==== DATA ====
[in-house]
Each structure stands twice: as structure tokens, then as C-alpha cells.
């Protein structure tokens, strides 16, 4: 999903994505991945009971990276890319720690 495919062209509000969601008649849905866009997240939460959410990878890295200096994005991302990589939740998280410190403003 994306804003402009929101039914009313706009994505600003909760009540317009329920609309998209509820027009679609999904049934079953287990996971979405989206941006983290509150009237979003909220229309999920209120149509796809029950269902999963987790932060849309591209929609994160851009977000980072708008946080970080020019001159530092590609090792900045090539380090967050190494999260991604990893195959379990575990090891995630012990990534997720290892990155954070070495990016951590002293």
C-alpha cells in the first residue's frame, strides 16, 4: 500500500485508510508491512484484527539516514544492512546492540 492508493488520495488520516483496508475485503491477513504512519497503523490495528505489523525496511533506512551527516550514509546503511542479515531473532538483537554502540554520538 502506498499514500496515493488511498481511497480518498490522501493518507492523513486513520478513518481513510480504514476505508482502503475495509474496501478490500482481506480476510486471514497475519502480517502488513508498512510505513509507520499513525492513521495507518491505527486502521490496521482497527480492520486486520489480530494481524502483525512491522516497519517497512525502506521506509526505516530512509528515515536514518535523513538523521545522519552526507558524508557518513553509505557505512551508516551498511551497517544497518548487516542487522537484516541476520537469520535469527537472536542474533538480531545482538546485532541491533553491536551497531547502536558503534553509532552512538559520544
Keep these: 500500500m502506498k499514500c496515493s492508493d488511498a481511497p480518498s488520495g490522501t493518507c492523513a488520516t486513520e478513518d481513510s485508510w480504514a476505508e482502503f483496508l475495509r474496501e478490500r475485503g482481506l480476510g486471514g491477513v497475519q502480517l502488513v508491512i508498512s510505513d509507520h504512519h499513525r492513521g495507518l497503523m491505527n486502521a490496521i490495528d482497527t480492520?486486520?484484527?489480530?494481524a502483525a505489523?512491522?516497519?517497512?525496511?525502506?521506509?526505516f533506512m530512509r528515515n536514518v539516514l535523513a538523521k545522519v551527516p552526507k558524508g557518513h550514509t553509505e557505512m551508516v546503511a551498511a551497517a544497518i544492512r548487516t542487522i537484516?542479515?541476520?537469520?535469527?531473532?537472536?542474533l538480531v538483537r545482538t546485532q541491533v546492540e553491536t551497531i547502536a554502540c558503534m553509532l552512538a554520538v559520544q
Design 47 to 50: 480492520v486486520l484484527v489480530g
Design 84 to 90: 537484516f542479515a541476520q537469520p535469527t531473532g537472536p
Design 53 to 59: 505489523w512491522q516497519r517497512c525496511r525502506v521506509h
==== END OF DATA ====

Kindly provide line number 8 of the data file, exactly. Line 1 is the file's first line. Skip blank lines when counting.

Design 53 to 59: 505489523w512491522q516497519r517497512c525496511r525502506v521506509h